The big education reform news in New Jersey yesterday was the release of an Appellate Court ruling in litigation pressed by Education Law Center and Save Our Schools-NJ. The two anti-charter groups challenged the right of established charter schools to expand within their districts of residence. They lost the appeal.
You wouldn’t know it, though, from the press release issued by ELC late yesterday, which claimed that Judges Fuentes, Ashrafi, and Kennedy issued “important clarifications” that will force “the Attorney General to disclose, for the first time, data showing that the amendment process has been used to significantly expand the number of charter schools in the state.”
From the press release:
“This case has brought to light the ‘under the radar’ process used by NJDOE to allow existing charters to open a significant number of new schools. More importantly, the Appellate Court has made clear its expectation that NJDOE will subject amendments to expand existing charters to rigorous review to ensure educational equity for all students, whether in district or charter schools,” said Elizabeth Athos, the ELC Senior Attorney who handled the appeal.
“This ruling also makes clear the need for the Legislature to take up long overdue reforms to bring more accountability and transparency to the charter program, and to enact safeguards to ensure charter schools operate effectively and contribute to the improvement of public education for all students in the communities they serve,” Ms. Athos added.
What did the Appellate Court actually say regarding ELC and SOS-NJ’s claim (SOS filed an amicus brief) that the State Board acted in an “arbitrary and capricious” manner in permitting successful charters in Abbott districts to expand in order to accommodate growing demand? (Emphases my own.)
- “We conclude the regulations are a valid exercise of the State Board’s administrative authority.”
- “We conclude that the State Board had the statutory authority to amend and repeal its regulations as it did, and that the speculative policy arguments advanced by Save Our Schools may be better addressed to the Legislature or to individual charter school expansions than as a facial attack on the amended regulations. We affirm the State Board’s action in adopting and repealing the challenged regulations.”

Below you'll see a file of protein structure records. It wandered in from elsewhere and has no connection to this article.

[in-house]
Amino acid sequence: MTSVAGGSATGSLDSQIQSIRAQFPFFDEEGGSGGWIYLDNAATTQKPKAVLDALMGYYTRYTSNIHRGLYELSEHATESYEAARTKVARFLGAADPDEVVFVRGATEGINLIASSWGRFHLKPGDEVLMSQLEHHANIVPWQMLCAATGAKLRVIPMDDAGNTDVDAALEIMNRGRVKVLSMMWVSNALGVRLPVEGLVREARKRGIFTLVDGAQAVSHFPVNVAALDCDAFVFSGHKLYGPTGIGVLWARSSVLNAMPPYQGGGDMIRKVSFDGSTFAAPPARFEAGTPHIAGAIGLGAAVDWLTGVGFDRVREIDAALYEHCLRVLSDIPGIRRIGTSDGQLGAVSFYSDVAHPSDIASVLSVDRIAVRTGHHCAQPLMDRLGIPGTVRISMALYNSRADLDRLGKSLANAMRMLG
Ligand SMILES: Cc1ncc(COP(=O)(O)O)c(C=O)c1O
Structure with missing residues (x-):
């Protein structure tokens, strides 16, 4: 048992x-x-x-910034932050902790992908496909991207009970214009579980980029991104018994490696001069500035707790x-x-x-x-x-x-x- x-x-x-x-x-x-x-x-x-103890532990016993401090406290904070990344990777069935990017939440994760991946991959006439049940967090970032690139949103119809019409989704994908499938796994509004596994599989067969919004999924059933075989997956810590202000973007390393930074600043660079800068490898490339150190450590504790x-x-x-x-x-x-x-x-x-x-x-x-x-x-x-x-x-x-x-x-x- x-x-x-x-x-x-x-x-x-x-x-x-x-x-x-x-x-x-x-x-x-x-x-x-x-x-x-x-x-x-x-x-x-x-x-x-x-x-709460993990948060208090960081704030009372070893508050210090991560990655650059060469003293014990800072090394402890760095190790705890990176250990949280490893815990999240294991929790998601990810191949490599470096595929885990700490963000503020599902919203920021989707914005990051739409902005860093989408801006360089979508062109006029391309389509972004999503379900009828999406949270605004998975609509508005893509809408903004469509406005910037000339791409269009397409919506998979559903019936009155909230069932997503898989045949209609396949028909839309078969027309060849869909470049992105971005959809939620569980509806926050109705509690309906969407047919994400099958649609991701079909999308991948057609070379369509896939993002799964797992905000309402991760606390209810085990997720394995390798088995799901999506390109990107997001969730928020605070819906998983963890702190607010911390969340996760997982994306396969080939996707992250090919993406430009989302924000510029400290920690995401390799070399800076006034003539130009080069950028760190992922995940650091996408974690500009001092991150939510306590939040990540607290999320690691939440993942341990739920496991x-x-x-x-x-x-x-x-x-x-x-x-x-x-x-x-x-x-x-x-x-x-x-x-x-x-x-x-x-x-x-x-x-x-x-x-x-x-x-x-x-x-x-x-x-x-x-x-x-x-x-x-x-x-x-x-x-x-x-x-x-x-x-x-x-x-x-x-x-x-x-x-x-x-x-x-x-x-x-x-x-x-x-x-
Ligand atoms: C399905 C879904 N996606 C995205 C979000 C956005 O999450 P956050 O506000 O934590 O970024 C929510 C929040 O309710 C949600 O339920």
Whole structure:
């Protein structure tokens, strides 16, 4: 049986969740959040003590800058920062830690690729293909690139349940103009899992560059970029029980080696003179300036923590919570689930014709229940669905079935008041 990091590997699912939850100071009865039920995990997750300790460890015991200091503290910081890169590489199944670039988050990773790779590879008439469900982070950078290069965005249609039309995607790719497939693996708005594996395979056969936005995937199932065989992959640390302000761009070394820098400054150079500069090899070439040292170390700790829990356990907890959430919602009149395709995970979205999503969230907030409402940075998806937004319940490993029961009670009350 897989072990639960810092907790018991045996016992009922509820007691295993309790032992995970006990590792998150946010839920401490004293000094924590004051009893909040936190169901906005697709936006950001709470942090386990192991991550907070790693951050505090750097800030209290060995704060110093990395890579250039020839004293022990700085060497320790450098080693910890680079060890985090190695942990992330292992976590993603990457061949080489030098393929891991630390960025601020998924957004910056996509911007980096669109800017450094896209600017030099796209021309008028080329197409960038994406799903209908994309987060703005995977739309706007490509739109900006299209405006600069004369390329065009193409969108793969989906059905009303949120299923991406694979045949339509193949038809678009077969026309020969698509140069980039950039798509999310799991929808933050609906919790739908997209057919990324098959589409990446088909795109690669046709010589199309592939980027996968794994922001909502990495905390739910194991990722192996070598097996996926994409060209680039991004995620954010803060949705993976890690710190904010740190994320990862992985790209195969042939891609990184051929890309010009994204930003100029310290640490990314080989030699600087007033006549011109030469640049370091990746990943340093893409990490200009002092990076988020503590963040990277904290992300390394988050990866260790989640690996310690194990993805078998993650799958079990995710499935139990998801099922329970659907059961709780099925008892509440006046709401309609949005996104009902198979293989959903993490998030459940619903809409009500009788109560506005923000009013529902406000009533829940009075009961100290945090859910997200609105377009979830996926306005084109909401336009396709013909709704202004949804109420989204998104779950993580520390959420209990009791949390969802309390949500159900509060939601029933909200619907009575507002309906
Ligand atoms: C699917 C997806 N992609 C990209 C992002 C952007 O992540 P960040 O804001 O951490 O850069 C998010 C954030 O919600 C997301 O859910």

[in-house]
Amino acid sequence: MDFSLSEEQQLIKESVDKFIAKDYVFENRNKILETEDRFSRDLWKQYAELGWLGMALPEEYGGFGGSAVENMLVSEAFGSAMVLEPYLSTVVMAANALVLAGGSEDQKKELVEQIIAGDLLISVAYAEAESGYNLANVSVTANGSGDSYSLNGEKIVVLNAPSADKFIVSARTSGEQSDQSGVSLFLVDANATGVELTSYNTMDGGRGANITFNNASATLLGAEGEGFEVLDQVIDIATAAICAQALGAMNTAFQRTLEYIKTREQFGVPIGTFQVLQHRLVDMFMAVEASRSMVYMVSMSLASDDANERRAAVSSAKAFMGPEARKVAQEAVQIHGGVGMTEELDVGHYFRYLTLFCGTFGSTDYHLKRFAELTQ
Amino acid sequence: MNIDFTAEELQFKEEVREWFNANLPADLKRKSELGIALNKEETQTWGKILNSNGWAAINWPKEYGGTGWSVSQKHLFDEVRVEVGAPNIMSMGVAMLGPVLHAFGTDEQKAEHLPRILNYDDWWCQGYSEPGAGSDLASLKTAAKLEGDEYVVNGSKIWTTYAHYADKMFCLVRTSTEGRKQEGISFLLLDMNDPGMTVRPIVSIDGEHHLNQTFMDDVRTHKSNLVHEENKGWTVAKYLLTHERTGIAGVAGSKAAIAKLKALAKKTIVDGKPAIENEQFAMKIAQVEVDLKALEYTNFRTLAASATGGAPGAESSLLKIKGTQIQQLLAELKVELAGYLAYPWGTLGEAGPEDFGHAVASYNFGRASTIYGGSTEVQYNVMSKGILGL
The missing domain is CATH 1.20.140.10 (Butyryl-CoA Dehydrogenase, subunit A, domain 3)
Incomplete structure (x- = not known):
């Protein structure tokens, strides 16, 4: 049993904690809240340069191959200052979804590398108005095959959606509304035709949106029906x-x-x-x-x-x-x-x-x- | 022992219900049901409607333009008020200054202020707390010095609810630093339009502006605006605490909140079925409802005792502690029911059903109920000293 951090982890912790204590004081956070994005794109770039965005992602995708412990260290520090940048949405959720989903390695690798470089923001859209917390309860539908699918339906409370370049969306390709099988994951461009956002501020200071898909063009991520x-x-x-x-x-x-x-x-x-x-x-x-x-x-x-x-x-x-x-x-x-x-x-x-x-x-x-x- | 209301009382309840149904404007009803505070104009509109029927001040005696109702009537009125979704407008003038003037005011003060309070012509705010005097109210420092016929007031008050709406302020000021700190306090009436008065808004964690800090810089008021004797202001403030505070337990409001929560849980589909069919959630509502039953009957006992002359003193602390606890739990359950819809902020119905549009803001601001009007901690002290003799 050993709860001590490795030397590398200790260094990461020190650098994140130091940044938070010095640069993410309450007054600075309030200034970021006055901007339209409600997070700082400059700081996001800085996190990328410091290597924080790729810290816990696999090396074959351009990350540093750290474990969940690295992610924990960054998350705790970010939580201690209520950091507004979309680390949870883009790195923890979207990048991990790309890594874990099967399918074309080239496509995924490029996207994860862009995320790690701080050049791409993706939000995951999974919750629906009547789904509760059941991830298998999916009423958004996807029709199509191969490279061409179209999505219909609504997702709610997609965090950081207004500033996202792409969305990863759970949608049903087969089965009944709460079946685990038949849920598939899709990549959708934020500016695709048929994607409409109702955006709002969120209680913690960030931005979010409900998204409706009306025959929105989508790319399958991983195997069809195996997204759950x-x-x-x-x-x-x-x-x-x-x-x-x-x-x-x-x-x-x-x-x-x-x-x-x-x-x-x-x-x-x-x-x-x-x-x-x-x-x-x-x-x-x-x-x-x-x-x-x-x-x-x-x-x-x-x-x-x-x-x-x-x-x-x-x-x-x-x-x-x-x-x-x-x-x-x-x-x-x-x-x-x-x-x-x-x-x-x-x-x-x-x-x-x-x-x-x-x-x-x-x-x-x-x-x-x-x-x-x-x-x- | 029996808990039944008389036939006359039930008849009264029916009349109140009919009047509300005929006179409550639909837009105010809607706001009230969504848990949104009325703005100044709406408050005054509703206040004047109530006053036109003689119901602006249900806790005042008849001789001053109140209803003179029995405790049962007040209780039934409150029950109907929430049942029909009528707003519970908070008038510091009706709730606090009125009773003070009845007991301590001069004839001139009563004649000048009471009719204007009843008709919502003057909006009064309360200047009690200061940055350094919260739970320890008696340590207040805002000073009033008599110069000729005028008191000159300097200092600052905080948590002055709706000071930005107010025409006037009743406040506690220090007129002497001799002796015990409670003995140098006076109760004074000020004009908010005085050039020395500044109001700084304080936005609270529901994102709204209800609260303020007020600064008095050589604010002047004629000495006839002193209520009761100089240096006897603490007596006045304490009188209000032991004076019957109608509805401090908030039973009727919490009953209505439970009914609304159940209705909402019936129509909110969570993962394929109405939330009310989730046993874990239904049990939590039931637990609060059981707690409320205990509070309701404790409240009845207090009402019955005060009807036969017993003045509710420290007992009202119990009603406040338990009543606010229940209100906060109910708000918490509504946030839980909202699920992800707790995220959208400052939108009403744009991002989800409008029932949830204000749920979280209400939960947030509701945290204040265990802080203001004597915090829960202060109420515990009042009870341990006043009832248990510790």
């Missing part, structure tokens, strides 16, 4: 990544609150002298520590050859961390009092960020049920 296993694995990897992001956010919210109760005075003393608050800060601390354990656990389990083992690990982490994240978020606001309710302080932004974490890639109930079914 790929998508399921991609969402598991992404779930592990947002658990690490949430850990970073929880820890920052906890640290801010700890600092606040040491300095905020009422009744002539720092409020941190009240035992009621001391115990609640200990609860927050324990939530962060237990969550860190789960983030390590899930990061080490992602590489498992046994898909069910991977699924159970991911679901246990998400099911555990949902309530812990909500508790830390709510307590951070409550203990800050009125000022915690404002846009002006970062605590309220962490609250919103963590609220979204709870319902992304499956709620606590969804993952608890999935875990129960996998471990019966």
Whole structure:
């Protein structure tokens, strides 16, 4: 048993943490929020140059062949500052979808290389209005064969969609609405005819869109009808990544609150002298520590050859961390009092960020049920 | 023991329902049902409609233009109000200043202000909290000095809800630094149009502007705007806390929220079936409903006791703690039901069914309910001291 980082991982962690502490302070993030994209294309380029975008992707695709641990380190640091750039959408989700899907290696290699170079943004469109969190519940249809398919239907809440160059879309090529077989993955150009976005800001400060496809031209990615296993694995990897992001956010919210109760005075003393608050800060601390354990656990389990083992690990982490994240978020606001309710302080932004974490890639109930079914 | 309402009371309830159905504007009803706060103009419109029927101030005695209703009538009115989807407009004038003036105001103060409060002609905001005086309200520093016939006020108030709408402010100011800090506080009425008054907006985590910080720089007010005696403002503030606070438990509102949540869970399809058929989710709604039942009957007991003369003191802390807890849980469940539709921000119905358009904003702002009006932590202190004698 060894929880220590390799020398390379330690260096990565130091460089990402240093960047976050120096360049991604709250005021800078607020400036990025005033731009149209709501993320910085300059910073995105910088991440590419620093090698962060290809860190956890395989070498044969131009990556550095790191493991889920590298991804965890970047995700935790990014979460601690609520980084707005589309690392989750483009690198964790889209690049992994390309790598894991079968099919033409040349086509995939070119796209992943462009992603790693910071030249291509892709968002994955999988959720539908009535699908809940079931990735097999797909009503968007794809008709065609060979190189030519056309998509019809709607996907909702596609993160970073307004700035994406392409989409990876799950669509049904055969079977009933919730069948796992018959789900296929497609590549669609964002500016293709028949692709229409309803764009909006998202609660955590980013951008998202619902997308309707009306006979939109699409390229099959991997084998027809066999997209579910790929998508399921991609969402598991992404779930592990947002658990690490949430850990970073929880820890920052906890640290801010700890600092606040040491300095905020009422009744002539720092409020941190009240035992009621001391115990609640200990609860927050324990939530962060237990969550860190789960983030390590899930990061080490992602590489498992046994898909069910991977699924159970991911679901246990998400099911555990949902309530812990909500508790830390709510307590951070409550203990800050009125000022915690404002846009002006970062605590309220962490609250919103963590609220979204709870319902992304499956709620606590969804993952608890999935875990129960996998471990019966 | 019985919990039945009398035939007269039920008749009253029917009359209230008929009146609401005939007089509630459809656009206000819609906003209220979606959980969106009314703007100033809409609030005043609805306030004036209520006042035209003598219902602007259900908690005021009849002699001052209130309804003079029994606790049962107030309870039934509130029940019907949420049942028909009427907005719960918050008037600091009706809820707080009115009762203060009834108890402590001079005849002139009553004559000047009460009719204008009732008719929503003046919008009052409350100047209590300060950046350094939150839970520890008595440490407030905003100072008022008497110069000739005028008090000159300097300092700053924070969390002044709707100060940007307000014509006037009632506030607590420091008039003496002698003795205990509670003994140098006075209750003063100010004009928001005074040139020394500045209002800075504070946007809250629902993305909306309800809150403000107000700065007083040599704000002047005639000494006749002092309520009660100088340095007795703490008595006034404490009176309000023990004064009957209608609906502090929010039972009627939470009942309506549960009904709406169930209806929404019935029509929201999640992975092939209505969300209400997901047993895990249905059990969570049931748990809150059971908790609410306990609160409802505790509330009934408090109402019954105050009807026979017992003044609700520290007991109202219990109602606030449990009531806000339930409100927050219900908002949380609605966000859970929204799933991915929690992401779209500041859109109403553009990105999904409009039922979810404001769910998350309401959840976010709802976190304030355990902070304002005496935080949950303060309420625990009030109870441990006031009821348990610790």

- “The Legislature did not expressly authorize satellite campuses, but it also did not expressly prohibit them.”
- “A broad reading of N.J.S.A. 18A:36A-16(e) as ELC urges would contravene the legislative purpose of encouraging innovative educational methodology through the charter school program. Making a more concrete argument, ELC contends that the Act did not authorize expansion of an existing charter school beyond its initially-approved physical building. ELC contends the term “charter school” means “one building” because the historic meaning of “school” is a single building. We are not persuaded.”
- “A school is more than a building.”
- “ELC expresses unfounded fear that the Commissioner will approve “far flung” satellite campuses without adequate evaluation of the proposed building, the demographics of the area, the school program, and the school staff.”
- SOS’s argument “is speculative and not borne out by any facts.”
Today’s appellate division ruling validates our understanding of the breadth of the state DOE’s authority in regulating public charter school growth and the department’s intention to support public education choice for New Jersey families. This lawsuit was yet another attempt to stop the growth of innovation and preserve the status quo which continues to fail our state’s public school students. Defending this authority, and validating it through the judicial process, will allow charter schools to grow and serve families that are looking for great educational opportunities.